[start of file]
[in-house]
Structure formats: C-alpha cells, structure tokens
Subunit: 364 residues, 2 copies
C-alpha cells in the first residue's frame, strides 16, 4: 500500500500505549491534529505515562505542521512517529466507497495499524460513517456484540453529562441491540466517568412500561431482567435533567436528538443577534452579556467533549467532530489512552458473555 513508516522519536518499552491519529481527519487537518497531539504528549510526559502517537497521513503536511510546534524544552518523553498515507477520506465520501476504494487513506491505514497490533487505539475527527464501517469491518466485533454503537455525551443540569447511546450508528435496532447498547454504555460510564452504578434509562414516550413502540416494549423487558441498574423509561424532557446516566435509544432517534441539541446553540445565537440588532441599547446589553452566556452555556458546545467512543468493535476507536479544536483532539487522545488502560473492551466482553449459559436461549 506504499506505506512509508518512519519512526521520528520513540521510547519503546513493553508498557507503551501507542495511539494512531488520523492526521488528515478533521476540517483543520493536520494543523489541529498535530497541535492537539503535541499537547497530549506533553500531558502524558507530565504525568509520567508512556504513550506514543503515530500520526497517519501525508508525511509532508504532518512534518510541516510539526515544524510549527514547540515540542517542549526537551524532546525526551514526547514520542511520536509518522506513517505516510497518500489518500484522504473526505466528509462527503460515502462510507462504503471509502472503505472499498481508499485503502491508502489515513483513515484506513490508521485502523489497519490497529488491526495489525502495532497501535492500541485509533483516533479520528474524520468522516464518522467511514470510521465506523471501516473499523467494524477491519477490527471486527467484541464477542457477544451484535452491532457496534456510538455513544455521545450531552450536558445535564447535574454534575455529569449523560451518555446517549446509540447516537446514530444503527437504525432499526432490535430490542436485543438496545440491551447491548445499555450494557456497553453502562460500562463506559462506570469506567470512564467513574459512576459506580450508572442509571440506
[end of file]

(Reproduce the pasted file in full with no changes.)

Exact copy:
[in-house]
Structure formats: C-alpha cells, structure tokens
Subunit: 364 residues, 2 copies
C-alpha cells in the first residue's frame, strides 16, 4: 500500500500505549491534529505515562505542521512517529466507497495499524460513517456484540453529562441491540466517568412500561431482567435533567436528538443577534452579556467533549467532530489512552458473555 513508516522519536518499552491519529481527519487537518497531539504528549510526559502517537497521513503536511510546534524544552518523553498515507477520506465520501476504494487513506491505514497490533487505539475527527464501517469491518466485533454503537455525551443540569447511546450508528435496532447498547454504555460510564452504578434509562414516550413502540416494549423487558441498574423509561424532557446516566435509544432517534441539541446553540445565537440588532441599547446589553452566556452555556458546545467512543468493535476507536479544536483532539487522545488502560473492551466482553449459559436461549 506504499506505506512509508518512519519512526521520528520513540521510547519503546513493553508498557507503551501507542495511539494512531488520523492526521488528515478533521476540517483543520493536520494543523489541529498535530497541535492537539503535541499537547497530549506533553500531558502524558507530565504525568509520567508512556504513550506514543503515530500520526497517519501525508508525511509532508504532518512534518510541516510539526515544524510549527514547540515540542517542549526537551524532546525526551514526547514520542511520536509518522506513517505516510497518500489518500484522504473526505466528509462527503460515502462510507462504503471509502472503505472499498481508499485503502491508502489515513483513515484506513490508521485502523489497519490497529488491526495489525502495532497501535492500541485509533483516533479520528474524520468522516464518522467511514470510521465506523471501516473499523467494524477491519477490527471486527467484541464477542457477544451484535452491532457496534456510538455513544455521545450531552450536558445535564447535574454534575455529569449523560451518555446517549446509540447516537446514530444503527437504525432499526432490535430490542436485543438496545440491551447491548445499555450494557456497553453502562460500562463506559462506570469506567470512564467513574459512576459506580450508572442509571440506